Photograph 51 Ensures the Life of DNA Pioneer Rosalind Franklin is Not Forgotten

Olivia Swasey and Alric Davis in Photograph 51.
Olivia Swasey and Alric Davis in Photograph 51. Photo by Jennifer Decker

She was only 37 when she died in 1958, but before that, British chemist Rosalind Franklin performed crucial work advancing our knowledge of DNA and its molecular structure. Largely forgotten by history and never nominated for a Nobel Prize, she left a legacy of scientific curiosity and rigor that was carried on by her fellow researchers.

She achieved all this at a time when it was tough to be a female in the field of science, a subject she had excelled in since her earliest years. The daughter of an affluent Jewish family, Franklin got her degree from Cambridge and later worked in Paris where she learned X-ray diffraction techniques that she would employ in her DNA research.

Now Franklin and her short life are getting their due in the play Photograph 51, written by playwright Anna Ziegler and presented by The Evelyn Rubenstein Jewish Community Center with Jennifer Decker, founder of Mildred's Umbrella, directing. 

Scientists around the world were racing to map out how the DNA molecule was put together, moving from a single helix to the eventual conclusion that it was a double helix. Photograph 51 refers to one of the several X-ray photos Franklin took of DNA  that was crucially important to understanding it. .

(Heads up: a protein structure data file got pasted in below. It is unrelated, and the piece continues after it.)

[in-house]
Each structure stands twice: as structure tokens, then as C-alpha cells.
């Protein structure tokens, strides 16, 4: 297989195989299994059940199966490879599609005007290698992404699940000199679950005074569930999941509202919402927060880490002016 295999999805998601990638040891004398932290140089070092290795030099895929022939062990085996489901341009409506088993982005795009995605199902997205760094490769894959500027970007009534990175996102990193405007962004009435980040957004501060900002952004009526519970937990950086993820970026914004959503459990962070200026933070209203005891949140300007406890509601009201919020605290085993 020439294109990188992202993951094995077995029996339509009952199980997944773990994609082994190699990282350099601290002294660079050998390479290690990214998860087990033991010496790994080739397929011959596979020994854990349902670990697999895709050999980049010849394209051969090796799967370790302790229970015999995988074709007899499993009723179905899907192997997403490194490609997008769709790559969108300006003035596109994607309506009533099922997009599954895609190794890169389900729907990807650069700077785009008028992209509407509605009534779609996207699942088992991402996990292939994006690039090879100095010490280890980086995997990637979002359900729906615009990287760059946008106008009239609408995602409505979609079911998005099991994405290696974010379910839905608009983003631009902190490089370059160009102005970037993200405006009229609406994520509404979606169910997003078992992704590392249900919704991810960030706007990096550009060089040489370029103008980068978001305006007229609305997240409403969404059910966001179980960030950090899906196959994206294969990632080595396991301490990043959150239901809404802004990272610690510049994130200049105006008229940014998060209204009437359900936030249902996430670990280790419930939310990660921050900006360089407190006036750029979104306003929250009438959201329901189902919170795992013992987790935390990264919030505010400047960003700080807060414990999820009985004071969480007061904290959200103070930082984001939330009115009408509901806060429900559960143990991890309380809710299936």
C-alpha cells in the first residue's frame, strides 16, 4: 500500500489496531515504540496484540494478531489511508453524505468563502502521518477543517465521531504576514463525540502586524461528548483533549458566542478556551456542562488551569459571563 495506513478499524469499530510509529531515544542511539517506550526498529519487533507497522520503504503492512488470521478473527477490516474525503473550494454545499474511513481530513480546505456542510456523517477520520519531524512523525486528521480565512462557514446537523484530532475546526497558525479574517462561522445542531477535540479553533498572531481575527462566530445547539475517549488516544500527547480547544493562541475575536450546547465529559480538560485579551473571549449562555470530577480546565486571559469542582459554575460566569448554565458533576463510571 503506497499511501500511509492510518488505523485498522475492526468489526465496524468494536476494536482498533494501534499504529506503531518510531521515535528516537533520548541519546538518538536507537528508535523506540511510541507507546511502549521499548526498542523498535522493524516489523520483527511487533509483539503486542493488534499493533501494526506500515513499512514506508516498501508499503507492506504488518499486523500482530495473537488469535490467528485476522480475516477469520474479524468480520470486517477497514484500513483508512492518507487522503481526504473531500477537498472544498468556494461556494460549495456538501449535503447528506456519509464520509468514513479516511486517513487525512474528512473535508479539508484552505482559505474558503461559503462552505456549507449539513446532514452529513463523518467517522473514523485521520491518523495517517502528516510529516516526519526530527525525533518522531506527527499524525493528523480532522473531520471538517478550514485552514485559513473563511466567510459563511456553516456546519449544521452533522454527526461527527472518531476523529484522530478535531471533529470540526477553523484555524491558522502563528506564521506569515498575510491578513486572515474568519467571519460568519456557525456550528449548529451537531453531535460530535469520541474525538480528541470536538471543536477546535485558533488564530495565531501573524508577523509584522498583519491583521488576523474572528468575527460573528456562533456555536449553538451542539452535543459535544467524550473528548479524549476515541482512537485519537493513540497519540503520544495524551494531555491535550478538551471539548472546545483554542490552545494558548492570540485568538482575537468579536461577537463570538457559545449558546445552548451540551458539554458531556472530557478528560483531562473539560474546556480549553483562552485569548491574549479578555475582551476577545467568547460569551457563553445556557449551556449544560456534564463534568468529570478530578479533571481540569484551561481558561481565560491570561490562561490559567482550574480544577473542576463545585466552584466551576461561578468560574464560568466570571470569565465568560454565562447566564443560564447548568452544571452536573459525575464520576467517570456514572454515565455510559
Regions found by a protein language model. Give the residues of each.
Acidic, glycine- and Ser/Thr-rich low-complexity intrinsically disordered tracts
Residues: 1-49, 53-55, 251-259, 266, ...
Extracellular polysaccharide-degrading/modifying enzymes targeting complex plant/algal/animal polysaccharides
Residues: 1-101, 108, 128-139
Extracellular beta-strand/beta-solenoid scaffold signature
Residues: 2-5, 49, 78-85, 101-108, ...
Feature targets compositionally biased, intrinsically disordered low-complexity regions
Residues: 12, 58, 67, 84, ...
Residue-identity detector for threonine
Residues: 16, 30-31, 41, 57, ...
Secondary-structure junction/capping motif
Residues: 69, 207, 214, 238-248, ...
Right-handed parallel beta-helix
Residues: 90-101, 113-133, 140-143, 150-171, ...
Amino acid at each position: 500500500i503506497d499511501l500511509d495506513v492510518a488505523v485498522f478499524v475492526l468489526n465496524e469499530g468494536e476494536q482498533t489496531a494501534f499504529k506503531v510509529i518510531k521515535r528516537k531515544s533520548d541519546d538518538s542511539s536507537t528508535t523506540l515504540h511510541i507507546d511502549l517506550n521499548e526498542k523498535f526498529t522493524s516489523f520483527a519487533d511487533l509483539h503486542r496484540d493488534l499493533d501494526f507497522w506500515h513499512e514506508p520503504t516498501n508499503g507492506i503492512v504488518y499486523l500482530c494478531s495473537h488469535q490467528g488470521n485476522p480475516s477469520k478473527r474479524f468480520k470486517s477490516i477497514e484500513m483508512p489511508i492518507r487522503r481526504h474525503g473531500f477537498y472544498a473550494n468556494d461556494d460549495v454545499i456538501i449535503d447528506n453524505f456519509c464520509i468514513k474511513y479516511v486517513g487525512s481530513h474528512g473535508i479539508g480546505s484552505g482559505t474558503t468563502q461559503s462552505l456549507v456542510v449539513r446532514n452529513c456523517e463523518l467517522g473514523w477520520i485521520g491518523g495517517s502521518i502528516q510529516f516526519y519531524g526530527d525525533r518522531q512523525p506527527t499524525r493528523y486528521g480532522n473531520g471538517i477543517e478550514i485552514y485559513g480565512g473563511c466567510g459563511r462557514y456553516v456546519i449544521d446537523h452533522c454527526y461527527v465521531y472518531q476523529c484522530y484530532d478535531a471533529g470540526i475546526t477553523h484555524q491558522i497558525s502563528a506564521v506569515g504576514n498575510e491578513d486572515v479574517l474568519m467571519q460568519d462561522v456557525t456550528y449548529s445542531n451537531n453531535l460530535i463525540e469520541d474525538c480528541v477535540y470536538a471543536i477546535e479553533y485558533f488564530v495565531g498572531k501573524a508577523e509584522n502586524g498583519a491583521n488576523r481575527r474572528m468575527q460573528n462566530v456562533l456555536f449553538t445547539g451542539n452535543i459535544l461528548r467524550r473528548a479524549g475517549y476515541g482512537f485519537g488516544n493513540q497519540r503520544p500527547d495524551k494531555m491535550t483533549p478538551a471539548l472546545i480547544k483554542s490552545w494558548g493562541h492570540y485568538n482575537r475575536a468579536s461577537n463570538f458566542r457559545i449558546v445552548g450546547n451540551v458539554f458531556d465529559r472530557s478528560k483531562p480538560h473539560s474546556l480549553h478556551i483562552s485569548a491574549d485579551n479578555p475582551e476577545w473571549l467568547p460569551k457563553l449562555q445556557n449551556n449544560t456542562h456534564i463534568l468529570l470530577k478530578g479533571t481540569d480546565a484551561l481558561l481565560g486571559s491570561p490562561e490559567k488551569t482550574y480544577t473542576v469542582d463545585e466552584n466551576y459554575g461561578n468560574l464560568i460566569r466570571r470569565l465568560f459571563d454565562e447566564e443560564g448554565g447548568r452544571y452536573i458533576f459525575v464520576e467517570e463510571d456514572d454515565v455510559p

In a press releases, Decker wrote "“In a time when sexist attitudes made it very difficult for a woman to even become a scientist, Rosalind Franklin persevered, and the mysteries she unveiled in her research were instrumental in the discovery of DNA, yet she never received credit for it in her lifetime.

“Her work with radiation possibly led to her early death from cancer, so it could be said that she literally gave her life to the advancement of science. I am thrilled to be a part of bringing this compelling story to Houston audiences, and I'm grateful to the Evelyn Rubenstein JCC for allowing me to be a part of telling it.”

Cast members include Olivia Swasey, Ryan Kelly, Alric Davis, Jason Duga, Ian Lewis and Calvin Hudson.

Performances are scheduled for 8 p.m. on April 20, 22 and 29; 2 p.m. April 23 and noon on April 30 at the Joe Frank Theatre of the Arts, 5601 Braeswood. For more information, call 713-729-3200 or visit $20-$25.
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Margaret Downing is the editor-in-chief who oversees the Houston Press newsroom and its online publication. She frequently writes on a wide range of subjects.
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